Summoned by an Indian princess, Tarzan travels to India where hundreds of wild elephants are in danger. A company is building a hydroelectric dam and the contractors have only a few weeks ... See full summary »
The Green Goddess is a totem worshiped by the primitive natives of a lost city deep in the jungles of Guatemala. It contains both a fortune in jewels and an ancient formula for a ... See full summary »
The plot follows the novel more closely than does any other Tarzan movie. John and Alice Clayton take ship for Africa. Mutineers maroon them. After his parents die the newborn Tarzan is ... See full summary »
Flora Hawks is in love with the overseer of Tarzan's African estate. After a search for a legendary city of diamonds, Tarzon races with his pet lion Jad-bal-ja to save Haws from being ... See full summary »
After Tarzan's estate is destroyed by Arabs Jane is sold into slavery by a man posing as a friendly scientist. Tarzan develops amnesia after a blow to the head. When he recovers his memory ... See full summary »
Tarzan and Jane are sailing for France in answer to a call for help from Countess de Coude who is being persecuted by her brother Rokoff. After a duel with the Countess' jealous husband, ... See full summary »
The international criminal Vinaro enjoys sending explosive wristwatches to his enemies. Here he kidnaps ten-year-old Ramel whom he thinks can lead him to the lost city of gold. Tarzan ... See full summary »
Manuel Padilla Jr.
Tarzan must escort his prisoner Coy Banton out of the jungle to the authorities. The boat is blown up by Coy's father and brothers. In addition to Coy Tarzan must now lead five more of the ... See full summary »
In the first sequel to Tarzan, the Ape Man, Harry Holt returns to Africa to head up a large ivory expedition. This time he brings his womanizing friend Marlin Arlington. Holt also harbors ideas about convincing Jane to return to London. When Holt and Arlington show Jane some of the modern clothes and perfumes they brought from civilization, she is impressed but not enough to return. Tarzan wrestles every wild animal imaginable to protect Jane but when he disallows the expedition from plundering ivory from the elephant burial grounds, it is he who takes a bullet from Arlington's gun. Jane eventually believes that Tarzan is dead but he is nursed back to health by the apes. As Jane and the returning expedition are attacked by violent natives, we wonder if Tarzan can rescue them yet again. Written by
Gary Jackson <email@example.com>
The infamous nude swimming scene was originally filmed in three different versions: with Jane wearing her traditional costume, with Jane topless and with Jane fully nude. US states were empowered at that time to enact individual censorship laws, and three different versions of the scene were filmed in order to allow individual states to select the version of the scene which best conformed to its laws. All three versions were eventually removed from the film due to protests from conservative religious groups, particularly the powerful Catholic Legion of Decency. The nude version of the scene was discovered in the vaults of Turner Entertainment during the late 1990s following its purchase of the MGM film library, and was restored to most subsequent versions of the film on the direct orders of Turner Entertainment chairman Ted Turner. In the restored version of the scene, Tarzan is depicted wearing his traditional loincloth while Jane appears fully nude, her costume having been torn off when Tarzan playfully tosses her from a tree to the water below. The scene as it exists today is approximately four minutes in duration. See more »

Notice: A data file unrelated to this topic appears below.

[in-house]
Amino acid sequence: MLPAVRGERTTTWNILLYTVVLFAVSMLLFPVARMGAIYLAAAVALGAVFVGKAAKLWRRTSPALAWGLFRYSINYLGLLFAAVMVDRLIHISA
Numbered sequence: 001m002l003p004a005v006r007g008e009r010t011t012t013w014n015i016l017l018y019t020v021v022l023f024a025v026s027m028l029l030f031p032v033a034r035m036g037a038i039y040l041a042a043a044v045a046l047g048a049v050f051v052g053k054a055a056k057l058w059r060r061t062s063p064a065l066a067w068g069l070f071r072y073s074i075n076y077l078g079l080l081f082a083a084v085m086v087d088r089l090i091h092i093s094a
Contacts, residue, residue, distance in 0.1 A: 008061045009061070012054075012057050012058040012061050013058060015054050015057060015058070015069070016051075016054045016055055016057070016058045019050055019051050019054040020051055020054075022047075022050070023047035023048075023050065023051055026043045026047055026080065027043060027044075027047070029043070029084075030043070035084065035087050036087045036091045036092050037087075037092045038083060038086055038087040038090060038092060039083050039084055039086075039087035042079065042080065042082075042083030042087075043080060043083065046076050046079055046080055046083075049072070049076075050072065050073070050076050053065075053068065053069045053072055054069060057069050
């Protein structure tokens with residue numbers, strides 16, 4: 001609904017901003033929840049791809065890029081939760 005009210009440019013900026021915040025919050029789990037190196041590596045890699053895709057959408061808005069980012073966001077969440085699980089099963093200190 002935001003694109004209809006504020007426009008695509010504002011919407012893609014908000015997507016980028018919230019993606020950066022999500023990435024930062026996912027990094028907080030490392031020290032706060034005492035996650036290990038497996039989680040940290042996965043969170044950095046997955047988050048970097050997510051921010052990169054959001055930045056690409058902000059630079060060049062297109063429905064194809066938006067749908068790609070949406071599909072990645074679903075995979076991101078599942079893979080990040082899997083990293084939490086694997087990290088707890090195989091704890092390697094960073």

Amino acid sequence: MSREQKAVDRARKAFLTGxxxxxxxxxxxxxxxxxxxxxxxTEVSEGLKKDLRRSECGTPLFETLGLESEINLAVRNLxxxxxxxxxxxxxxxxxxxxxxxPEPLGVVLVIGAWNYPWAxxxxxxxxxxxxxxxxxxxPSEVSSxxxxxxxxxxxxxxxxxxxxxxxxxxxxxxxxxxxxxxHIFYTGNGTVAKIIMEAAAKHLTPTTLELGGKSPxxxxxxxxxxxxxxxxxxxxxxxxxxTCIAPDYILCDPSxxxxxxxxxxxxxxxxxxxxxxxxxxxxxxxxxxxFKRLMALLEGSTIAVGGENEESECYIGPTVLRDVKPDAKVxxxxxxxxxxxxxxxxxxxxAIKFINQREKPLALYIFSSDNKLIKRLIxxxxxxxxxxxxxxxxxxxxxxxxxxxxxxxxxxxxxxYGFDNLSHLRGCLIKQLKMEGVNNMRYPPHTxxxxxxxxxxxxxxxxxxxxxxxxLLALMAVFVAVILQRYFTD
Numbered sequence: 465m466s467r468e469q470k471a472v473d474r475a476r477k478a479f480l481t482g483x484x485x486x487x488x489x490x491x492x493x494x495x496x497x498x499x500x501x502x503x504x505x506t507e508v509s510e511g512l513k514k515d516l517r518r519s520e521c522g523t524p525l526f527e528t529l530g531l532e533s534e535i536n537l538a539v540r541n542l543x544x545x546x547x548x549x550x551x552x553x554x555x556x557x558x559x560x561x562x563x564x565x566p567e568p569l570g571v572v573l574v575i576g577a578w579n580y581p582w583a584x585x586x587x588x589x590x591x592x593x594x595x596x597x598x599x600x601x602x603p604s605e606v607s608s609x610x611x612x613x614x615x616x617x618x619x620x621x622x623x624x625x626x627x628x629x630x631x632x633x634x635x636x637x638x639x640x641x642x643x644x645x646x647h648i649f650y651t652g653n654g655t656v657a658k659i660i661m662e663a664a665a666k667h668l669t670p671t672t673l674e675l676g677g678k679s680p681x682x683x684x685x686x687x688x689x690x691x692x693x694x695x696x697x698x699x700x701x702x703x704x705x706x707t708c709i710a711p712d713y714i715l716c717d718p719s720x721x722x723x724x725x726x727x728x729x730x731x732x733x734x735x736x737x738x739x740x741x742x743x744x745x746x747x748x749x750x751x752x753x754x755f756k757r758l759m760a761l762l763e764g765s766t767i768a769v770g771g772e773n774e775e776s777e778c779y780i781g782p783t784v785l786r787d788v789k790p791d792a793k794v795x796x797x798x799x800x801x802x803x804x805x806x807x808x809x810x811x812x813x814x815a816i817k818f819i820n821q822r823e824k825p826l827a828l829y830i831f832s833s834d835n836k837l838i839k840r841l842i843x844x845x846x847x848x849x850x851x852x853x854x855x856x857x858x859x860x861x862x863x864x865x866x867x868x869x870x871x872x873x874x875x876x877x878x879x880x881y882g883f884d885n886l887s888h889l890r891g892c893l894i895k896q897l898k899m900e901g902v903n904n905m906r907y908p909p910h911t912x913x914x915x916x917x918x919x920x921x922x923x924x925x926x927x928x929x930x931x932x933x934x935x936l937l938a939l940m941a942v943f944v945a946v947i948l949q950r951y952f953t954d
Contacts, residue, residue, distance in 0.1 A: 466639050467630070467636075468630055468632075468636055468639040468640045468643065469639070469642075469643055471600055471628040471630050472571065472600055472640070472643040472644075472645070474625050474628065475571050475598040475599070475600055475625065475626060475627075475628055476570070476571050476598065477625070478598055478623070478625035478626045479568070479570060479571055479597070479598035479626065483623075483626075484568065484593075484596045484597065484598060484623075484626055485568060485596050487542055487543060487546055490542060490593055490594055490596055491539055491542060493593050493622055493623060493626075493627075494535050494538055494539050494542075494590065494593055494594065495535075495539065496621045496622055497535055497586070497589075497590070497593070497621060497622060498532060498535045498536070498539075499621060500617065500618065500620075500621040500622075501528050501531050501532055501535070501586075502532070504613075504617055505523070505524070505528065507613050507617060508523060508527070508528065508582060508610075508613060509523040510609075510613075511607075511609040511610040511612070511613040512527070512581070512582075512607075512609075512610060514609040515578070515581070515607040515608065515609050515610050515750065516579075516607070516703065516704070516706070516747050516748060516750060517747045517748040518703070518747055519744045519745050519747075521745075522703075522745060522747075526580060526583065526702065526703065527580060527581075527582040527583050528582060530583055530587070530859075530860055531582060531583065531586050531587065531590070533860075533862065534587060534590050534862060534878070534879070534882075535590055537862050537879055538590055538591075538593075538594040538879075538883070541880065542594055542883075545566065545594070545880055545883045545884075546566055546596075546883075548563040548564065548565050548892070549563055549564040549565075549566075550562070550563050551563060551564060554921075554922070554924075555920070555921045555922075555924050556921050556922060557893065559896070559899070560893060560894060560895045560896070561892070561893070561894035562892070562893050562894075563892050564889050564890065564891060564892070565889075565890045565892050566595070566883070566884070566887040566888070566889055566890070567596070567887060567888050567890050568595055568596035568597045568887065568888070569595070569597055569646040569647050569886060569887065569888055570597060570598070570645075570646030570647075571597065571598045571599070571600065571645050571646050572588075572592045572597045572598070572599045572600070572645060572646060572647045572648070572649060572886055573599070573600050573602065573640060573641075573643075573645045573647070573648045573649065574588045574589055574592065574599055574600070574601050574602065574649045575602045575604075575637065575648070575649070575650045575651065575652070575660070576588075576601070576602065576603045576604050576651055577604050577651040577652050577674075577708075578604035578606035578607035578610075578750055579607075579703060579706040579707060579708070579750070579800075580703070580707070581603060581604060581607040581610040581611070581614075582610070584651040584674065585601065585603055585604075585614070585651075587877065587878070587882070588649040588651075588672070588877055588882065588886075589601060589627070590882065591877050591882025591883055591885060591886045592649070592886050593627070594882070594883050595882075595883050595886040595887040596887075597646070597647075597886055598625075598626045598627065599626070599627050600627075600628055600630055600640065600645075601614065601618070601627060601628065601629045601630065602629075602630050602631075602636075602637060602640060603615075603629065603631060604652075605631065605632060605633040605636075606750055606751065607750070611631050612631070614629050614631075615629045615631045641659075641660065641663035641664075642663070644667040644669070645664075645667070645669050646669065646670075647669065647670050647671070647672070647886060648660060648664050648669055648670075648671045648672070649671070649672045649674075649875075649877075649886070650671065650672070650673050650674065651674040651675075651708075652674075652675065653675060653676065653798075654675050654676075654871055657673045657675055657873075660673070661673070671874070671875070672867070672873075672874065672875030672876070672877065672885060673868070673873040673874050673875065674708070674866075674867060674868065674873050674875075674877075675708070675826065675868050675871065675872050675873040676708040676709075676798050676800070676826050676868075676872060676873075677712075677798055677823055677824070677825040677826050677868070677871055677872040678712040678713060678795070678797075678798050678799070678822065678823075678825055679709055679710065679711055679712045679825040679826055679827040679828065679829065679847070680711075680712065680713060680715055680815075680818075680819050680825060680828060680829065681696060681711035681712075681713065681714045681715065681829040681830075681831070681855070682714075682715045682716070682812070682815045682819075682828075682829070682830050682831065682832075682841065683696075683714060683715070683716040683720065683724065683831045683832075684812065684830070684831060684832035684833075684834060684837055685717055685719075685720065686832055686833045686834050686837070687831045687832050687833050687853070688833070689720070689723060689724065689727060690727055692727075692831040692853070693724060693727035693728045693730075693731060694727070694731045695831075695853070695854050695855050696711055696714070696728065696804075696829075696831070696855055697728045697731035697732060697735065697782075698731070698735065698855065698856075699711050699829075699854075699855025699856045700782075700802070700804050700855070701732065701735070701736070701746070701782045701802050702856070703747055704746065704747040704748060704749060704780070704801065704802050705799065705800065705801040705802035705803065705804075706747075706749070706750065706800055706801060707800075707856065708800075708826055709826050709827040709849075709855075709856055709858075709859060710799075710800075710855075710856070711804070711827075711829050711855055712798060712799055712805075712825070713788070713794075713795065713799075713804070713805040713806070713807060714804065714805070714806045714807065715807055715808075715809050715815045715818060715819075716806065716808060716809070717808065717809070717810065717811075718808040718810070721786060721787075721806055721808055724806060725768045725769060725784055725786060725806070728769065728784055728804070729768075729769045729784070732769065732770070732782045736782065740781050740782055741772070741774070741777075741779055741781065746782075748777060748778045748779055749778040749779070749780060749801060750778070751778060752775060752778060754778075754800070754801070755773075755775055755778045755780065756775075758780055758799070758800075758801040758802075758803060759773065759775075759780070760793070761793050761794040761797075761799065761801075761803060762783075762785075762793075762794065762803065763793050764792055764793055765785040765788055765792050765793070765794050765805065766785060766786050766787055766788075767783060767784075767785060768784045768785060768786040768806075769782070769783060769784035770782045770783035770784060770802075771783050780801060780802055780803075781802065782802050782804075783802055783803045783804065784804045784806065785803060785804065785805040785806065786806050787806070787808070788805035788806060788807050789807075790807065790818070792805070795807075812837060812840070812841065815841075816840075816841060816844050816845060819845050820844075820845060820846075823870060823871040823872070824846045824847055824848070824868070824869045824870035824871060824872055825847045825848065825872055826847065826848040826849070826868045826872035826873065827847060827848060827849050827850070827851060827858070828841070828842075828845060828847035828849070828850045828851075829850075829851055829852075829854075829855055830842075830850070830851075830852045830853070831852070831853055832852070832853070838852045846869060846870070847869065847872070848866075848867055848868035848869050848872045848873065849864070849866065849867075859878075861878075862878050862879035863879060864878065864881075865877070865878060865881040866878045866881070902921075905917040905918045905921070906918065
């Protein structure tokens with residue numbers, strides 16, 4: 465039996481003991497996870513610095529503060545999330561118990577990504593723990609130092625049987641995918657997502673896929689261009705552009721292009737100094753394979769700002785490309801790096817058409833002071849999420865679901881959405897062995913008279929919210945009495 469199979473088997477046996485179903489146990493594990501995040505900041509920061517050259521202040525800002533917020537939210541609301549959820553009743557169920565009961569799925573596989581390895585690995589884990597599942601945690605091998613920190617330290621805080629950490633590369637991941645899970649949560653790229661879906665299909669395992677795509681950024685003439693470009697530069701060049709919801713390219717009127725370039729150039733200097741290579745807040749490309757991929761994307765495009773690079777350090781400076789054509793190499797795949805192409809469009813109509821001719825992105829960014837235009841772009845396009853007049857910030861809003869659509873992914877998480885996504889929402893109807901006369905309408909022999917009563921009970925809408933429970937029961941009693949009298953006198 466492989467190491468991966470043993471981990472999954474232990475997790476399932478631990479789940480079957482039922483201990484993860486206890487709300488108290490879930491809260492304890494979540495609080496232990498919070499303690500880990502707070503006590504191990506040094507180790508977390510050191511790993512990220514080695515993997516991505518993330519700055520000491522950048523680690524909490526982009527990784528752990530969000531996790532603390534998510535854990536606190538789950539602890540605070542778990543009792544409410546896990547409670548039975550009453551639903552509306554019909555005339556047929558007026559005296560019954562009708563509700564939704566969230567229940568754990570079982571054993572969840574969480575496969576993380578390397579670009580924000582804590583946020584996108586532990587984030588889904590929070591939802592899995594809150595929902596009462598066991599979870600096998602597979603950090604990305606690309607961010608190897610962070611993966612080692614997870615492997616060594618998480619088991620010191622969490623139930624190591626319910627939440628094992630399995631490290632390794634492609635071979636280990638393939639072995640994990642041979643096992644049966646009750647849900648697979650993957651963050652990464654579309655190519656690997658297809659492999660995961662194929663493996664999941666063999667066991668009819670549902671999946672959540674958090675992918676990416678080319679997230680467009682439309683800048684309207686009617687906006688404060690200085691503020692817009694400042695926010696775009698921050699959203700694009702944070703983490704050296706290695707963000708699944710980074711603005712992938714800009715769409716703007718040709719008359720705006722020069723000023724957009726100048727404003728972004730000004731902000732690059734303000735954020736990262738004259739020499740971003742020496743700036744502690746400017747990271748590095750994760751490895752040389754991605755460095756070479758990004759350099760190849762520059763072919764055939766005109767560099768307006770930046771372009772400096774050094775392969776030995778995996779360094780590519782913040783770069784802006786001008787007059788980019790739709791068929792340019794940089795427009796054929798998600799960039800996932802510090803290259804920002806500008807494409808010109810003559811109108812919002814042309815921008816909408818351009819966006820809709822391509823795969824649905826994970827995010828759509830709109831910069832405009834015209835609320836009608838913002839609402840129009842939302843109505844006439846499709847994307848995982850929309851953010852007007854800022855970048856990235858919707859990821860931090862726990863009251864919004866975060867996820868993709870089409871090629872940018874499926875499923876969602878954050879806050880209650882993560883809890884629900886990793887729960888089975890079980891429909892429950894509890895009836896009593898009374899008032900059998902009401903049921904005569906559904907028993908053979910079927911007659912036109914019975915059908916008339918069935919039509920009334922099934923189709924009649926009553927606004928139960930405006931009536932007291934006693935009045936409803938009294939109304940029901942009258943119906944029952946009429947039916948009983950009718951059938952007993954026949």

Harry and Martin climb the rocks toward the top, where the monkeys are, carrying the rifles on their shoulders. But next shot, when Harry is shown from above, he is holding the rifle leaned on the top. See more »
I often half-jokingly refer to "Tarzan and His Mate" as the "T2" of the 1930s, simply because it's packed with special effects, action, and spectacle of the big budget variety that I usually associate with modern films. Sure, some of the visuals look duff now - there's heavy use of rear screen projection and rubber animals - but there's also amazing sights like elephant stampedes, monkeys fighting tigers, hapless people tumbling off cliffs, and a huge elephant graveyard that must rank among the most memorable movie sets of all time.
Never mind the spectacle, though; the best part is the script. Maureen O'Sullivan has a surprisingly wonderful role as Jane. In fact, she carries the movie, since all Tarzan can really do is yodel and swing. She has to fend off the advances of two unsavory ivory hunters who want to lure her back to civilization. Tarzan is doubly threatened by these seedy guys - they want to kill his elephants AND they want his woman. This dual conflict keeps the movie cooking.
There's an amazing amount of violence in the film, including some spectacular battles with nasty tribesmen and knife fights with huge beasties. You'll even get to see a corpse with an arrow through its forehead and bugs crawling all over it. There's a bit of nudity as well, but don't get too excited as it's not really Maureen O'Sullivan swimming in the buff (but it is still swimming in the buff, so feel free to get excited anyway!). Amazing, isn't it, that "Tarzan and His Mate" is such a visceral viewing experience...especially when compared to the much tamer films that followed after Hollywood instituted a strict moral code.
Romantic, sexy, exciting, exotic - in short, all you could expect from a Tarzan movie. And the heroic monkeys are just the cutest thing ever. Once you make it past a rather dry first scene, this movie rocks all the way through.
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